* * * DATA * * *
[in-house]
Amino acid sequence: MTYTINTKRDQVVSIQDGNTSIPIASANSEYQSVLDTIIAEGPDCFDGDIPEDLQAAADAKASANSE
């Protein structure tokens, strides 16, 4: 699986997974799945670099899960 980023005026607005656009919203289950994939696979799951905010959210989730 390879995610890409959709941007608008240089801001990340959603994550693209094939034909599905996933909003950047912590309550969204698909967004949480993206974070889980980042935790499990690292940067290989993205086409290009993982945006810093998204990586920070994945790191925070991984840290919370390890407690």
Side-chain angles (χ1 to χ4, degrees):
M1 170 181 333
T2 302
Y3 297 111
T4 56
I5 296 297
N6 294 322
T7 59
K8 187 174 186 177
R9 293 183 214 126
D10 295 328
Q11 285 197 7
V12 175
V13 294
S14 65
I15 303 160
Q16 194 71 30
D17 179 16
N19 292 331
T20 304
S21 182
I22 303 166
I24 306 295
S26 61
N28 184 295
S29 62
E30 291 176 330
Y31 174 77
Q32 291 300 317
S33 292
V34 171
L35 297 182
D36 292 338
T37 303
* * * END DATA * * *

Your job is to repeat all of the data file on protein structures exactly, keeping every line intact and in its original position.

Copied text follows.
[in-house]
Amino acid sequence: MTYTINTKRDQVVSIQDGNTSIPIASANSEYQSVLDTIIAEGPDCFDGDIPEDLQAAADAKASANSE
């Protein structure tokens, strides 16, 4: 699986997974799945670099899960 980023005026607005656009919203289950994939696979799951905010959210989730 390879995610890409959709941007608008240089801001990340959603994550693209094939034909599905996933909003950047912590309550969204698909967004949480993206974070889980980042935790499990690292940067290989993205086409290009993982945006810093998204990586920070994945790191925070991984840290919370390890407690």
Side-chain angles (χ1 to χ4, degrees):
M1 170 181 333
T2 302
Y3 297 111
T4 56
I5 296 297
N6 294 322
T7 59
K8 187 174 186 177
R9 293 183 214 126
D10 295 328
Q11 285 197 7
V12 175
V13 294
S14 65
I15 303 160
Q16 194 71 30
D17 179 16
N19 292 331
T20 304
S21 182
I22 303 166
I24 306 295
S26 61
N28 184 295
S29 62
E30 291 176 330
Y31 174 77
Q32 291 300 317
S33 292
V34 171
L35 297 182
D36 292 338
T37 303